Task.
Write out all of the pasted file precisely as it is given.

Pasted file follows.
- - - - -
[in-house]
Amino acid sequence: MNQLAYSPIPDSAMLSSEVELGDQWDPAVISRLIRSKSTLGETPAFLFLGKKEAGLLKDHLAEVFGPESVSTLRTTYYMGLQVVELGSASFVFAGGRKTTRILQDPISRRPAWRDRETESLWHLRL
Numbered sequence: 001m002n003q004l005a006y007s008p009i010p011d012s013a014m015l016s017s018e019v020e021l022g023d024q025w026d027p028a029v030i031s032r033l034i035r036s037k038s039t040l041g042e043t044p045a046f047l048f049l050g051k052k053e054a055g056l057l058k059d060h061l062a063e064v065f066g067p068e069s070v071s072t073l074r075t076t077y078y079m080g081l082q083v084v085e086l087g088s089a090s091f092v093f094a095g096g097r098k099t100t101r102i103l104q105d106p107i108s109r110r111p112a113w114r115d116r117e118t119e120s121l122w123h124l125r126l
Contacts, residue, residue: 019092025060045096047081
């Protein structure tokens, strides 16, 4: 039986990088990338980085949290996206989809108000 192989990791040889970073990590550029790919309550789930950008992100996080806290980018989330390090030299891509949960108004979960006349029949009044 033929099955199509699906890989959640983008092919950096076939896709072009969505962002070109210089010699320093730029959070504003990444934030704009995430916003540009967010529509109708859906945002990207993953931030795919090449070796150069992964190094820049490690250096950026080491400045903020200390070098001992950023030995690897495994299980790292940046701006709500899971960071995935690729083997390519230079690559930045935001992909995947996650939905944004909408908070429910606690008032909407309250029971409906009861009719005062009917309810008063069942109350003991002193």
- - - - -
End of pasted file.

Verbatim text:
[in-house]
Amino acid sequence: MNQLAYSPIPDSAMLSSEVELGDQWDPAVISRLIRSKSTLGETPAFLFLGKKEAGLLKDHLAEVFGPESVSTLRTTYYMGLQVVELGSASFVFAGGRKTTRILQDPISRRPAWRDRETESLWHLRL
Numbered sequence: 001m002n003q004l005a006y007s008p009i010p011d012s013a014m015l016s017s018e019v020e021l022g023d024q025w026d027p028a029v030i031s032r033l034i035r036s037k038s039t040l041g042e043t044p045a046f047l048f049l050g051k052k053e054a055g056l057l058k059d060h061l062a063e064v065f066g067p068e069s070v071s072t073l074r075t076t077y078y079m080g081l082q083v084v085e086l087g088s089a090s091f092v093f094a095g096g097r098k099t100t101r102i103l104q105d106p107i108s109r110r111p112a113w114r115d116r117e118t119e120s121l122w123h124l125r126l
Contacts, residue, residue: 019092025060045096047081
């Protein structure tokens, strides 16, 4: 039986990088990338980085949290996206989809108000 192989990791040889970073990590550029790919309550789930950008992100996080806290980018989330390090030299891509949960108004979960006349029949009044 033929099955199509699906890989959640983008092919950096076939896709072009969505962002070109210089010699320093730029959070504003990444934030704009995430916003540009967010529509109708859906945002990207993953931030795919090449070796150069992964190094820049490690250096950026080491400045903020200390070098001992950023030995690897495994299980790292940046701006709500899971960071995935690729083997390519230079690559930045935001992909995947996650939905944004909408908070429910606690008032909407309250029971409906009861009719005062009917309810008063069942109350003991002193």